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Classification System: APG IV

Superregnum: Eukaryota
Regnum: Plantae
Cladus: Angiosperms
Cladus: Eudicots
Cladus: Core eudicots
Cladus: Rosids
Cladus: Eurosids II
Ordo: Myrtales

Familia: Myrtaceae
Subfamilia: Myrtoideae
Tribus: Eucalypteae
Genus: Eucalyptus
Subgenus: E. subg. Eucalyptus
Sectio: E. sect. Eucalyptus
Series: E. ser. Radiatae
Species: Eucalyptus elata

Eucalyptus elata Dehnh.

Catalogus Plantarum Horti Camalduensis. Napoli 26. 1829
USDA, ARS, Germplasm Resources Information Network. Eucalyptus elata in the Germplasm Resources Information Network (GRIN), U.S. Department of Agriculture Agricultural Research Service. Accessed: 09-Oct-10.

Vernacular names
English: River peppermint, River white gum

Eucalyptus elata, commonly known as the river peppermint or river white gum,[2] is a species of medium to tall tree that is endemic to eastern Australia. It has rough, compacted bark on the lower trunk, smooth bark above, lance-shaped to curved adult leaves, green to yellow flower buds arranged in groups of eleven to thirty or more, white flowers and hemispherical or shortened spherical fruit.


Eucalyptus elata is a tree that typically grows to a height of 40 m (130 ft), rarely a mallee to 6 m (20 ft), and forms a lignotuber. It has rough, compact, dark grey bark, with narrow longitudinal fissures on the lower trunk. The bark on the upper trunk and branches is smooth, shedding in long ribbons often remaining in the crown, leaving a grey, cream-coloured or whitish surface. Young plants and coppice regrowth have leaves arranged in opposite pairs, lance-shaped to curved, 33–105 mm (1.3–4.1 in) long and 6–16 mm (0.24–0.63 in) wide. Adult leaves are arranged alternately, the same glossy green on both sides, lance-shaped to curved, 60–220 mm (2.4–8.7 in) long and 6–20 mm (0.24–0.79 in) wide on a petiole 6–20 mm (0.24–0.79 in) long. The flower buds are arranged in groups of between eleven and thirty or more in leaf axils on an unbranched peduncle 4–12 mm (0.16–0.47 in) long, the individual buds on a pedicel 3–5 mm (0.12–0.20 in) long. Mature buds are club-shaped, 2–4 mm (0.079–0.157 in) long and 1.5–3 mm (0.059–0.118 in) wide with a conical to rounded operculum. Flowering occurs from August to December and the flowers are white. The fruit is a woody, hemispherical or shortened spherical capsule 3–5 mm (0.12–0.20 in) long and 3–6 mm (0.12–0.24 in) wide with the valves enclosed below the rim.[2][3][4][5]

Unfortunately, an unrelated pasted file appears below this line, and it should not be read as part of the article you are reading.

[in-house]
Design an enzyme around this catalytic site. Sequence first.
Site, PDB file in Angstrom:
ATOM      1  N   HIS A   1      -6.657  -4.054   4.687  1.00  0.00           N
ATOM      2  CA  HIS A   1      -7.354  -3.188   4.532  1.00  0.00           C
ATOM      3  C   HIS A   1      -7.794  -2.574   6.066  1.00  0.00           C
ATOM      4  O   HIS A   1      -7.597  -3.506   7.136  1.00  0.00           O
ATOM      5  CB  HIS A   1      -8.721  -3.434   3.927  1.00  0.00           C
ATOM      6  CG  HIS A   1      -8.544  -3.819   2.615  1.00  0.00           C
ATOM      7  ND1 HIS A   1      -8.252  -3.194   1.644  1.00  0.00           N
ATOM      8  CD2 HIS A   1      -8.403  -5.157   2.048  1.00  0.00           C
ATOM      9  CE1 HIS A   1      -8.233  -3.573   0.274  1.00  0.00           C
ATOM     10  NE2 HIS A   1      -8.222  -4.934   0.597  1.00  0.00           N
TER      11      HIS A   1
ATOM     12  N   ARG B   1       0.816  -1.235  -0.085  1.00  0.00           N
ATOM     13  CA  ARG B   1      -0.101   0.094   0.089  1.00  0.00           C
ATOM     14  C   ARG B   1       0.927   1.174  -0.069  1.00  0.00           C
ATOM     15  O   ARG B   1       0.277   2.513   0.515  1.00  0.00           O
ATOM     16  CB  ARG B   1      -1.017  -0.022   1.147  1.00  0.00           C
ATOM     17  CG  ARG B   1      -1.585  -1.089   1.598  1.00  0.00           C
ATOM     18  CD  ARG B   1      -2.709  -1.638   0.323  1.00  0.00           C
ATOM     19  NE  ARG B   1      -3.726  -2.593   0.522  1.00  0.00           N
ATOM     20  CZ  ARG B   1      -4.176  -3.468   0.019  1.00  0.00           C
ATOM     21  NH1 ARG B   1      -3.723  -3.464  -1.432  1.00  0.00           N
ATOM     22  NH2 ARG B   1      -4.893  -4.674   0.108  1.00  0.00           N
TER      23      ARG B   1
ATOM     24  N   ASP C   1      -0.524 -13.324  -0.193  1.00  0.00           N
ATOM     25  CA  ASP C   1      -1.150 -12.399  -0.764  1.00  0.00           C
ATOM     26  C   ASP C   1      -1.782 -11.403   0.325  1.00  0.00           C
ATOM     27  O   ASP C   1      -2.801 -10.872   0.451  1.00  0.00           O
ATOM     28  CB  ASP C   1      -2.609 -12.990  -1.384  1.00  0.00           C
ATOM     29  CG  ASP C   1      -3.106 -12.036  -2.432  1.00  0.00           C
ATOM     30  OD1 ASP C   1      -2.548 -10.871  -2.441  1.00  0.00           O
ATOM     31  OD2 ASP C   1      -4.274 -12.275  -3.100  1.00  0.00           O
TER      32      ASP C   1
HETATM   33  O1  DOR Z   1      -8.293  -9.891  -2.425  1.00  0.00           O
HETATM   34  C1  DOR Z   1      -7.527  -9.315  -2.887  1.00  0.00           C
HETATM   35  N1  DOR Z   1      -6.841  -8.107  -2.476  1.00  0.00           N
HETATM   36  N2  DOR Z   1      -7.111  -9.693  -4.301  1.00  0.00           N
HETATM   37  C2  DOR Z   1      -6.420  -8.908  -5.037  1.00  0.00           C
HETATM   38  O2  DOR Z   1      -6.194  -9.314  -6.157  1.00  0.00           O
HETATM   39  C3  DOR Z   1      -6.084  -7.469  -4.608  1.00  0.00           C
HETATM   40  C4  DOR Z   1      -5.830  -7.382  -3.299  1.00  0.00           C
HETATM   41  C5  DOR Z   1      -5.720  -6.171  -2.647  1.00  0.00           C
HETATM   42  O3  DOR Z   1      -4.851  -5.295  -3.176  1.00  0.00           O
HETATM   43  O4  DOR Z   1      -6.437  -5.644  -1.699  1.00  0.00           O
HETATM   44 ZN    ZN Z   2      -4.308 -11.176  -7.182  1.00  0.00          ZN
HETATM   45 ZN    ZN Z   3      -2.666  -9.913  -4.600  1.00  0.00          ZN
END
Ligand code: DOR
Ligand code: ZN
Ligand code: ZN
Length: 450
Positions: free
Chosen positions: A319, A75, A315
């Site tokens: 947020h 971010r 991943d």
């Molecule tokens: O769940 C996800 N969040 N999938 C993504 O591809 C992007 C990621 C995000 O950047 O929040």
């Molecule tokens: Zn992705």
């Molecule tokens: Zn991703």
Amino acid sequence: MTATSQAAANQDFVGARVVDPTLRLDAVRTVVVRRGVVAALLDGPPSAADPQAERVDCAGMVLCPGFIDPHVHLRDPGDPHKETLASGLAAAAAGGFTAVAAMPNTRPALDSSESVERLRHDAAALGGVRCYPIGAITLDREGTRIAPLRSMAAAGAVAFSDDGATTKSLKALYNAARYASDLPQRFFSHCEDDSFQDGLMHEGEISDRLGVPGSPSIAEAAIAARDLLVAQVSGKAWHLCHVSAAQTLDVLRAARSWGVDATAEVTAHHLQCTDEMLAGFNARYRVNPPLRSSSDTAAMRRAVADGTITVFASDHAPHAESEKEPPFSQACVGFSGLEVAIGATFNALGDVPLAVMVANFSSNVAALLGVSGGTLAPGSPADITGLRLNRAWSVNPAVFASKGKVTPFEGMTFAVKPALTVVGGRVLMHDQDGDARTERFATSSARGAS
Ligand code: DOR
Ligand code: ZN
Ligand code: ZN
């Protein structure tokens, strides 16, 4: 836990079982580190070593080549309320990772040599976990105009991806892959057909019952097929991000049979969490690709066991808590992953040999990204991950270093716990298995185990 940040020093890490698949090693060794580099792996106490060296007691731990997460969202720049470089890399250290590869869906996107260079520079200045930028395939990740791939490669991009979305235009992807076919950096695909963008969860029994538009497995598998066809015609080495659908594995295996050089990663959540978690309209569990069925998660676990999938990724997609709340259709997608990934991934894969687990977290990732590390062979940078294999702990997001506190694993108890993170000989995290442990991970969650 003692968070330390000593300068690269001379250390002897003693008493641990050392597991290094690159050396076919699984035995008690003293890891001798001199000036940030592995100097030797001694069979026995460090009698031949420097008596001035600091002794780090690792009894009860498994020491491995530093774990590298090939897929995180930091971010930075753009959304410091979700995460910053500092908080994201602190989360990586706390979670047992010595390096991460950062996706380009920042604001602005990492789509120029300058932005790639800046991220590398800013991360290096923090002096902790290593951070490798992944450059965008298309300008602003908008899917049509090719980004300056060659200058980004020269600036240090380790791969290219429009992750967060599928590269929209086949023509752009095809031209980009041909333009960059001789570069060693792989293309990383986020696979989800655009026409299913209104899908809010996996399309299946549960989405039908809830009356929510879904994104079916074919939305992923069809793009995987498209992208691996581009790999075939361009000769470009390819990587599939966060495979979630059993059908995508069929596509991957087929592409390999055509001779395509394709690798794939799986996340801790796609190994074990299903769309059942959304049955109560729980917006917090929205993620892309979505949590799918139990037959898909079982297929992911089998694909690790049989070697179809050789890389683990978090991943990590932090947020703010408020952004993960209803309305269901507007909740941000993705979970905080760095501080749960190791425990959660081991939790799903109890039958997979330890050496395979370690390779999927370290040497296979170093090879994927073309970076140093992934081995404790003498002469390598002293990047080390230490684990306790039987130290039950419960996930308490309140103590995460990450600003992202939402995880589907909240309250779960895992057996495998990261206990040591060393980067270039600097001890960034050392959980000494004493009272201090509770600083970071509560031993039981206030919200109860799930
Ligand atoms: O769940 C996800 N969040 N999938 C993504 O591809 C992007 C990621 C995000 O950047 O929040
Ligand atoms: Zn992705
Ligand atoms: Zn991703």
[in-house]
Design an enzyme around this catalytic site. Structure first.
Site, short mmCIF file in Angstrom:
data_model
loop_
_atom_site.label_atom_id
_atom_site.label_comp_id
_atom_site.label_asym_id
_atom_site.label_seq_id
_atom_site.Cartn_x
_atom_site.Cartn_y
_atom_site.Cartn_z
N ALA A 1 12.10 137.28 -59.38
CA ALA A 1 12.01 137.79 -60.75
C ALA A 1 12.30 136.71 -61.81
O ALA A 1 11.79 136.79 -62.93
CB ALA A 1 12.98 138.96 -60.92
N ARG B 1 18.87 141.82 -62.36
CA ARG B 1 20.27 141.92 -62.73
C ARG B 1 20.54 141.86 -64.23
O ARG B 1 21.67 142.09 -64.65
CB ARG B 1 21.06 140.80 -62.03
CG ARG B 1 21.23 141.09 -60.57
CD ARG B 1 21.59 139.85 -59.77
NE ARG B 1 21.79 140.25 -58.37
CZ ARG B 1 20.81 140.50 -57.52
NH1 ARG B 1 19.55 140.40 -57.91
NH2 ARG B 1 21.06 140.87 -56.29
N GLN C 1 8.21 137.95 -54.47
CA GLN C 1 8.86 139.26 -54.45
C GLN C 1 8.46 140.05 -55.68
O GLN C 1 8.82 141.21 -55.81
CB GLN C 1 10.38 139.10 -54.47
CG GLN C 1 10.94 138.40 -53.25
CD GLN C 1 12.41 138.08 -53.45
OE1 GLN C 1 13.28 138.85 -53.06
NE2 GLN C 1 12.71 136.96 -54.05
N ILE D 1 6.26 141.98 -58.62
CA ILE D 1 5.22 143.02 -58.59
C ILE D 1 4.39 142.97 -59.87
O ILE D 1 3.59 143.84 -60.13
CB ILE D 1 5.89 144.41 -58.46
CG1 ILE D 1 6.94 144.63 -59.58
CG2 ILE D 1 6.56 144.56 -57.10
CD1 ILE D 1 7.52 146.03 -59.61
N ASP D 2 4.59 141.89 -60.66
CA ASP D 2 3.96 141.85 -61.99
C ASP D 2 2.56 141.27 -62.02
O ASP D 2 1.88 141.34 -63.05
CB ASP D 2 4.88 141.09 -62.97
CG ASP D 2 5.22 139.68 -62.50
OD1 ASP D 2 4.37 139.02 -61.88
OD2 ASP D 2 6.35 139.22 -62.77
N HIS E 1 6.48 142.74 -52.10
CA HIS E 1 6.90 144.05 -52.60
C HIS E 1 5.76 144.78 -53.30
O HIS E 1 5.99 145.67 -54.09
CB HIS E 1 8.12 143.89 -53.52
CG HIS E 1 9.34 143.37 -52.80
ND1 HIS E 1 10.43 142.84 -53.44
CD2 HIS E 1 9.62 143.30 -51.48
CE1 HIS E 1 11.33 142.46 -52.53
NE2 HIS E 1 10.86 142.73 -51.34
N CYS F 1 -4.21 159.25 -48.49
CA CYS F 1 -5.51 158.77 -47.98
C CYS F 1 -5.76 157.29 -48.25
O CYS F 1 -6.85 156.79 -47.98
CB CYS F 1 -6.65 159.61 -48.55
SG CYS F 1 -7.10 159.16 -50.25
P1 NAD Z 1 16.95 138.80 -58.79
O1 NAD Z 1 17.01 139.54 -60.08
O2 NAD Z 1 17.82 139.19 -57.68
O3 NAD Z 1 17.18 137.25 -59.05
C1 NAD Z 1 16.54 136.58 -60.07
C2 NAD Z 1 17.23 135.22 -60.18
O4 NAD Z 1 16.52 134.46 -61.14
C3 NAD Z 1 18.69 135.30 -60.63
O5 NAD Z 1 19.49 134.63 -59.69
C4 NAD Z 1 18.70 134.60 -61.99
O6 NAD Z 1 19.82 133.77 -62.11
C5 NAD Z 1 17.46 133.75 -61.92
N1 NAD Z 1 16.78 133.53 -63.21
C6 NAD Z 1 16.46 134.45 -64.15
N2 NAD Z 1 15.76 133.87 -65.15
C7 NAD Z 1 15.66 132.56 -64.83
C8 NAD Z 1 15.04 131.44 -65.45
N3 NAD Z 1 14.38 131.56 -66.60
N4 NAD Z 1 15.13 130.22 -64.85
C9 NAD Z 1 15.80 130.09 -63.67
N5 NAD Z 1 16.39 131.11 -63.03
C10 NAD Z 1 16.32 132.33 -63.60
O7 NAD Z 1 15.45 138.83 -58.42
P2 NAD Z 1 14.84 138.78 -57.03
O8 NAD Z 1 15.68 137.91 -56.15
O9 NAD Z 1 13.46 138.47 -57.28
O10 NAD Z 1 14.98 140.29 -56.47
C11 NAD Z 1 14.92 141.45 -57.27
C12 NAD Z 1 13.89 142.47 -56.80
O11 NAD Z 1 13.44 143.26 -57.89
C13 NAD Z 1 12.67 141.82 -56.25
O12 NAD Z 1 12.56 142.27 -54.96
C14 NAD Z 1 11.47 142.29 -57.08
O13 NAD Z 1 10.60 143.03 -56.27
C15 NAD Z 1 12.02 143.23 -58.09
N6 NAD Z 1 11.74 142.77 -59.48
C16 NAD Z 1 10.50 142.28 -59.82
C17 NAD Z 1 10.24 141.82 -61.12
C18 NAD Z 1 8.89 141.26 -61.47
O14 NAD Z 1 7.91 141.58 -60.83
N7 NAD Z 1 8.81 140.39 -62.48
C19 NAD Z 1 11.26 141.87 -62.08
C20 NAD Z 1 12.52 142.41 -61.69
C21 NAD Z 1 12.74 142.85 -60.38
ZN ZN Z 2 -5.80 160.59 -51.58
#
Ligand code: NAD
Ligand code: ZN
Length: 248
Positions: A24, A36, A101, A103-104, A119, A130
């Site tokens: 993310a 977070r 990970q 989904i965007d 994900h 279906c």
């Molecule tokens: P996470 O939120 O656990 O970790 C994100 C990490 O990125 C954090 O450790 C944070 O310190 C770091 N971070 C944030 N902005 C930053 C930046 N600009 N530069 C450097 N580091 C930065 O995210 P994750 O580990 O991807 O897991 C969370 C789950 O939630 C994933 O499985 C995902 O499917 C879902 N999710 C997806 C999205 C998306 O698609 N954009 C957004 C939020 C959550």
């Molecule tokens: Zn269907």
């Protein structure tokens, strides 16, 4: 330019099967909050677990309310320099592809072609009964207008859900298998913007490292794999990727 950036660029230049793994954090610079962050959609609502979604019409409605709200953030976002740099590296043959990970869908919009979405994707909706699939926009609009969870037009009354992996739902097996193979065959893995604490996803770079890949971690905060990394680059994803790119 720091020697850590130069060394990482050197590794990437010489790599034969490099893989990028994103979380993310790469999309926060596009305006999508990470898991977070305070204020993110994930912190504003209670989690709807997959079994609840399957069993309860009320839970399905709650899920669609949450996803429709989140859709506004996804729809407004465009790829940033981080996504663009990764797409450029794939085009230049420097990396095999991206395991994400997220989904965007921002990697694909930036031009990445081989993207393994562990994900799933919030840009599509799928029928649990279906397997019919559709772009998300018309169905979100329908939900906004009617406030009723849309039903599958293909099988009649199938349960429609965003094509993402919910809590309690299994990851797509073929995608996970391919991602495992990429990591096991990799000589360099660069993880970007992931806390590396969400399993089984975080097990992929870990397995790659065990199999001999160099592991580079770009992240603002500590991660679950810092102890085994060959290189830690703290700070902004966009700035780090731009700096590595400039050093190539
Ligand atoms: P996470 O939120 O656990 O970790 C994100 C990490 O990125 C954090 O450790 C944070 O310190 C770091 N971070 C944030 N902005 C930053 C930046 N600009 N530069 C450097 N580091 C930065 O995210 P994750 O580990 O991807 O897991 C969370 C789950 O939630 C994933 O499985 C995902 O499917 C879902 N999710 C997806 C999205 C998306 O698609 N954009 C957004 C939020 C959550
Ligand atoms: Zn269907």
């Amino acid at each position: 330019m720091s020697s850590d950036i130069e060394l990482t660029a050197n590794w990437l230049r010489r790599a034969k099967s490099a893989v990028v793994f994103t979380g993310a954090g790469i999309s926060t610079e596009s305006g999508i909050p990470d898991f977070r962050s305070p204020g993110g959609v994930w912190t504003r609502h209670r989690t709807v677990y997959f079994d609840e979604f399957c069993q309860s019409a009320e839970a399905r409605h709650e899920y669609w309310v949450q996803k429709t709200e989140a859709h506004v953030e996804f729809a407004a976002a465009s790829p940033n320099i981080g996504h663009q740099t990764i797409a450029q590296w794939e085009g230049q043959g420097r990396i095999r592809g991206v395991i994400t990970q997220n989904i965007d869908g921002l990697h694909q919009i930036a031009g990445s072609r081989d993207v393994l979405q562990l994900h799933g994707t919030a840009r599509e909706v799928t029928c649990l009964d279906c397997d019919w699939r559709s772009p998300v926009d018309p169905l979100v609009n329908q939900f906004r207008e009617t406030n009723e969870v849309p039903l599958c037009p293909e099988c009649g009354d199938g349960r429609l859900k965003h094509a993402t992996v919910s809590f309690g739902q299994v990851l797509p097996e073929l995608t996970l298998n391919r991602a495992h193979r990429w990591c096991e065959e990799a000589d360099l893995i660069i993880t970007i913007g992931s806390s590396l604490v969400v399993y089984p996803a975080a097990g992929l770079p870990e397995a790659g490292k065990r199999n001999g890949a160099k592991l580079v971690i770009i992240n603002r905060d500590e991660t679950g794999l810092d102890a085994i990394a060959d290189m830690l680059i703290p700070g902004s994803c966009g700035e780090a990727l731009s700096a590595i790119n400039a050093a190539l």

Taxonomy and naming

Eucalyptus elata was first described in 1829 by Friedrich Dehnhardt in his book, Catalogus Plantarum Horti Camaldulensis.[6][7] The specific epithet (elata) is a Latin word meaning "exalted", "high" or "lofty".[8]
Distribution and habitat

River peppermint usually grows along watercourse but sometimes also in undulating country, on rocky ridges or on scree slopes in forest. It grows near the coast and nearby tablelands south from Putty in New South Wales to eastern Victoria.[3][4][5]
Use in horticulture

E. elata is widely cultivated as a street and ornamental tree for its beautiful upper smooth bark, rich green foliage and profusion of flowers that appear in spherical masses.[9]
Essential oils

The leaves of E. elata have been distilled commercially for a piperitone based essential oil.[10]

"Eucalyptus elata". Australian Plant Census. Retrieved 28 June 2019.
"Eucalyptus elata". Euclid: Centre for Australian National Biodiversity Research. Retrieved 4 June 2020.
Chippendale, George M. "Eucalyptus elata". Australian Biological Resources Study, Department of the Environment and Energy, Canberra. Retrieved 28 June 2019.
Hill, Ken. "Eucalyptus elata". Royal Botanic Garden Sydney. Retrieved 28 June 2019.
Brooker, M. Ian H.; Slee, Andrew V. "Eucalyptus elata". Royal Botanic Gardens Victoria. Retrieved 28 June 2019.
"Eucalyptus elata". APNI. Retrieved 28 June 2019.
Dehnhardt, Freidrich (1829). Catalogus plantarum Horti Camaldulensis. p. 26. Retrieved 28 June 2019.
Brown, Roland Wilbur (1956). The Composition of Scientific Words. Washington, D.C.: Smithsonian Institution Press. p. 297.
Brooker, M.I.H. & Kleinig, D.A. Field Guide to Eucalyptus, Bloomings, Melbourne 2001
Boland, D.J., Brophy, J.J., and A.P.N. House, Eucalyptus Leaf Oils, 1991, ISBN 0-909605-69-6

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